Waste Heat Recovery
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MIT/Stanford team develops battery technology for the conversion of low-grade waste heat to power; TREC
May 22, 2014
Researchers at MIT and Stanford University have developed new battery technology for the conversion of low-temperature waste heat into electricity in cases where temperature differences are less than 100 degrees Celsius. Their approach is based on a phenomenon called the thermogalvanic effect—the dependence of electrode potential on temperature—and is described in a paper published in the journal Nature Communications by postdoc Yuan Yang and professor Gang Chen at MIT, postdoc Seok Woo Lee and professor Yi Cui at Stanford, and three others.
The MIT and Stanford team devised an electrochemical system using a copper hexacyanoferrate cathode and a Cu/Cu2+ anode to convert heat into electricity. The thermally regenerative electrochemical cycle (TREC) entails a four-step process: (1) heating up the cell with waste heat; (2) charging at high temperature; (3) cooling down the cell; (4) discharging at low temperature.
Dearman-led consortium awarded $3.1M to develop waste-heat-recovery system using liquid air engine
April 23, 2014
A consortium led by the Dearman Engine Company has been awarded £1.86 million (US$3.12 million) in the latest round of IDP10 funding from the UK’s Technology Strategy Board to support the development of a heat-recovery system for urban commercial vehicles. The tenth competition under the Low Carbon Vehicles Innovation Platform’s integrated delivery program (IDP), IDP10 is targeting the building of an integrated low-carbon-vehicle innovation chain, from the science base, through collaborative R&D to fleet-level demonstration.
The Dearman project is to deliver a production-feasible waste-heat recovery system for urban commercial vehicles, which offers life-cycle CO2 savings of up to 40%; fuel savings of 25%, with the potential of up to almost 50%; and potential payback in less than three years. The project uses the Dearman Engine, a highly-efficient liquid nitrogen or air (LiN) engine (earlier post) that harvests low-grade heat sources and, in this configuration, is most effective in urban duty cycles, working with the internal combustion engine (ICE) as a hybrid powertrain.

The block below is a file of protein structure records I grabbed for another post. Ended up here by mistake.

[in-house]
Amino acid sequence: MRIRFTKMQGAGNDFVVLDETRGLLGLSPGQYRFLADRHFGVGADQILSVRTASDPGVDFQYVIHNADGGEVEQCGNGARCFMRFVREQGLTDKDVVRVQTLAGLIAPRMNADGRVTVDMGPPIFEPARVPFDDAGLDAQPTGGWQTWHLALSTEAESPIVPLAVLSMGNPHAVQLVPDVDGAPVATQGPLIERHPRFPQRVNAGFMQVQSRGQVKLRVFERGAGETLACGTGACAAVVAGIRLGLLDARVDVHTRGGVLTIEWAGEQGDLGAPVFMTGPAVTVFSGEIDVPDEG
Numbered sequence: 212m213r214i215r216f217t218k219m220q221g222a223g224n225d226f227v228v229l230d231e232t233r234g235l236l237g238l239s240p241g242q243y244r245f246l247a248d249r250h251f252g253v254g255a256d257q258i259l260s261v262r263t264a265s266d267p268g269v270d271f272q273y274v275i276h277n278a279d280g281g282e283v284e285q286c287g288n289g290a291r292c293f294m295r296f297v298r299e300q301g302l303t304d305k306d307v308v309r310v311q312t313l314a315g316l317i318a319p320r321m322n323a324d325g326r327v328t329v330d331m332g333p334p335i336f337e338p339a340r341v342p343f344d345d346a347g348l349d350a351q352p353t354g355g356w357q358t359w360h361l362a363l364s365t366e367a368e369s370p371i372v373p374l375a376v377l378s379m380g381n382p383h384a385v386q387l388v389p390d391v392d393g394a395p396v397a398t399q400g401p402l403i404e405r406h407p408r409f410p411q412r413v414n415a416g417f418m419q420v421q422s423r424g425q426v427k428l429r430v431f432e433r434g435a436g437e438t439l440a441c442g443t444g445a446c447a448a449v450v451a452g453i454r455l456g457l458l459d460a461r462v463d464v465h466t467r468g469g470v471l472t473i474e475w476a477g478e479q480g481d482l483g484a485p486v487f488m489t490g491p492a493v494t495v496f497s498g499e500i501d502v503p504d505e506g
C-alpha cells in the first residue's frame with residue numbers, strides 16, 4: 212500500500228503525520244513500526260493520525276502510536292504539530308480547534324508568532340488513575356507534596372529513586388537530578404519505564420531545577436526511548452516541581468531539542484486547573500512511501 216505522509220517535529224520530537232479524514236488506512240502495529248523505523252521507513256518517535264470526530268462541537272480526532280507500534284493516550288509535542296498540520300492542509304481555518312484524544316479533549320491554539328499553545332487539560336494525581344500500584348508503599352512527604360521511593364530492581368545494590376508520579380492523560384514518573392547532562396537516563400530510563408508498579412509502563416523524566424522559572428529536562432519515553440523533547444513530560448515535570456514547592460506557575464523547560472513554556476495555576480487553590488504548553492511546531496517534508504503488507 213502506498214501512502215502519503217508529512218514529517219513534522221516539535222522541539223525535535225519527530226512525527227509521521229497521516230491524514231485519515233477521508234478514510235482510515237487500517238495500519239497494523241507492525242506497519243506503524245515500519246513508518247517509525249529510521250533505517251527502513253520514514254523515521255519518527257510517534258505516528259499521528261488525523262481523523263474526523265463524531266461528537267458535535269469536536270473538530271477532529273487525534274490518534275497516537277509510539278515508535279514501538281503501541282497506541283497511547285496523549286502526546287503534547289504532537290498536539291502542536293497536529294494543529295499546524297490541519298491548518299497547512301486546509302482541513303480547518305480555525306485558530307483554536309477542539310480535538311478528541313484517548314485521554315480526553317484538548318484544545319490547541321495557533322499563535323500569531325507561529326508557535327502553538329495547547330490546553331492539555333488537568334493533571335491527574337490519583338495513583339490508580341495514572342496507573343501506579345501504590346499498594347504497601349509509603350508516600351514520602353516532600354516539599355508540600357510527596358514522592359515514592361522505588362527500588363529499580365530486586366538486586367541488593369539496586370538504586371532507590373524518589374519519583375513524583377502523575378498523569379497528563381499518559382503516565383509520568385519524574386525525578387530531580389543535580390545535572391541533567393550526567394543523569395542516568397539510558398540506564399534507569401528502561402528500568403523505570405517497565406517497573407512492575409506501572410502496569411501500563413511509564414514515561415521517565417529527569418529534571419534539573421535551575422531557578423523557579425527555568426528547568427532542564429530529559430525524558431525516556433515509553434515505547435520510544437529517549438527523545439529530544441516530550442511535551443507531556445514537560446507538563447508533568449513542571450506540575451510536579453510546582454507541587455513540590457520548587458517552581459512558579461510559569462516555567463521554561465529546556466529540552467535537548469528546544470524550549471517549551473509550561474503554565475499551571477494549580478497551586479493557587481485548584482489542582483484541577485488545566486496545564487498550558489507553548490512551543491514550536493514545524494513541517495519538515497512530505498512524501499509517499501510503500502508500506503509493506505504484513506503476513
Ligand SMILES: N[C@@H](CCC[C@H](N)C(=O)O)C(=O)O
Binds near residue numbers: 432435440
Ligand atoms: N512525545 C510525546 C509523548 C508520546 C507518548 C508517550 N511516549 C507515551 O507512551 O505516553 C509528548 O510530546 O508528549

HeatReCar project demonstrates technical feasibility of thermoelectric generator for waste heat recovery; economic case more difficult
April 07, 2014
A recently completed European project coordinated by Centro Ricerche Fiat (CRF) demonstrated the technical feasibility of a Bi2Te3-based thermoelectric generator (TEG) for waste heat recovery for application to a diesel light-duty truck (LDT). The project “Reduced energy consumption by massive thermoelectric waste heat recovery in light-duty trucks” (HeatReCar) focused on thermoelectrics to provide electricity, either to on-board components or to the power train of hybrid electric vehicles. Reduced fuel consumption for these purposes translates to emissions reductions.
TE materials have been employed previously in automotive applications but have not achieved reasonable conversion efficiencies. The researchers tackled this issue in two ways. They selected bismuth telluride (Bi2Te3) suitable for lower operating temperatures in a diesel engine. They also optimized the geometry of heat transfer surfaces to maximize the temperature difference available to the TE modules. The technology was implemented in a prototype TE generator (TEG) for a diesel IVECO Daily light-duty truck (LDT) in common use in the EU.
Ricardo advancing with two novel heavy-duty vehicle technologies: cryogenic split-cycle engine and microwave fuel reforming
September 04, 2013
|The concept of the Ricardo Split-Cycle engine. The recuperated engine uses isothermal compression via cryogenic injection to enable significant exhaust to compressed gas heat transfer. Source: Neville Jackson. Click to enlarge.|
Ricardo is advancing its work with two novel technologies to improve the efficiency of heavy-duty goods vehicles: a cryogenic split-cycle engine “CryoPower” (earlier post), and a low-carbon waste-heat powered microwave fuel reformer “HeatWave II”.
Heavy duty vehicles, such as long haul trucks, represent a significant challenge in terms of the reduction of carbon dioxide emissions. An essential element of the transportation mix of modern industrialized society, they are inherently less amenable to the type of electrification and hybridization strategies that are already contributing to reduced carbon emissions and potential long-term sustainability for the light vehicle sector.